Discussion paper

DP8730 Consumer Arbitrage Across a Porous Border

National borders, including the easily crossed US-Canada border, have been shown to separate markets and sustain price differences. The resulting arbitrage opportunities vary temporally with the exchange rate and cross-sectionally with travelers' distance to the border. We estimate a structural model of the border crossing decision using data on the location of Canadian crossers and their date of travel. Price differences motivate cross-border travel; a 10% exchange rate appreciation raises the average crosser's welfare by 2.1%. Distance strongly inhibits crossings, with an implied cost of $0.9 per mile. These costs prevent consumers from fully arbitraging price differences, leading to partial segmentation.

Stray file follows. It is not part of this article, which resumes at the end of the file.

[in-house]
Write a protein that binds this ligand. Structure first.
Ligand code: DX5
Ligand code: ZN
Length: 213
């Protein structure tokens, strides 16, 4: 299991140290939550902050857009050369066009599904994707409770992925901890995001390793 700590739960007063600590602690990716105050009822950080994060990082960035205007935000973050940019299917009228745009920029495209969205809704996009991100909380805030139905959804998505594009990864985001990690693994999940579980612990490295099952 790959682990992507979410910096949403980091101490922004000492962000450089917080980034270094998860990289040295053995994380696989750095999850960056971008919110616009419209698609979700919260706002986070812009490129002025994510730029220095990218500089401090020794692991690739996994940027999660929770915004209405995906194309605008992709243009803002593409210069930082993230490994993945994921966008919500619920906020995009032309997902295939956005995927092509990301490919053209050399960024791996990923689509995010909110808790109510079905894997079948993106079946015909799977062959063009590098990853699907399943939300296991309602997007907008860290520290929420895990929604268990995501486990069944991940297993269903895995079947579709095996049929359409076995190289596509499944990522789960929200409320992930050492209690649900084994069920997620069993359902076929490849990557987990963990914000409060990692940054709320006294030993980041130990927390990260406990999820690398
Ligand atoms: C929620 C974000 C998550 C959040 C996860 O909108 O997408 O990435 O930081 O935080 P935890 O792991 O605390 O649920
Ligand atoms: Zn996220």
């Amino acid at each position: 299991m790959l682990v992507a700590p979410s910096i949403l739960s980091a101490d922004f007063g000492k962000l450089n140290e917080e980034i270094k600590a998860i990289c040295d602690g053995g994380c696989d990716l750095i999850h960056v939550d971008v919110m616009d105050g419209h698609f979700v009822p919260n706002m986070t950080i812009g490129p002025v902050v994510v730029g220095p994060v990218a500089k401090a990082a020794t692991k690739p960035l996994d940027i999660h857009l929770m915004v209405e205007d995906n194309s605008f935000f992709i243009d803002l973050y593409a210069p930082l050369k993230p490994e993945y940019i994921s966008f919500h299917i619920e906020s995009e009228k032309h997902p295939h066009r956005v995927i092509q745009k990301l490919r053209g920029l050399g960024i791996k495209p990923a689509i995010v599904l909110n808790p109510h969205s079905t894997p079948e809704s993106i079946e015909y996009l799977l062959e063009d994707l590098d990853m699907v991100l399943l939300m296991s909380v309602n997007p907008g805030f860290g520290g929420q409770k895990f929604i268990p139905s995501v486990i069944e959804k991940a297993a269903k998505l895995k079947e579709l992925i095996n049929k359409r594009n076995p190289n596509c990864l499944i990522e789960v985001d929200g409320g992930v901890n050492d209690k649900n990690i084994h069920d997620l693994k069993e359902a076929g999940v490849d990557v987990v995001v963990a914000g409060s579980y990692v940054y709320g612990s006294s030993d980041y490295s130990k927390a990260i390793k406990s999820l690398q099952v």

Head, K and A Chandra (2012), ‘DP8730 Consumer Arbitrage Across a Porous Border‘, CEPR Discussion Paper No. 8730. CEPR Press, Paris & London. https://cepr.org/publications/dp8730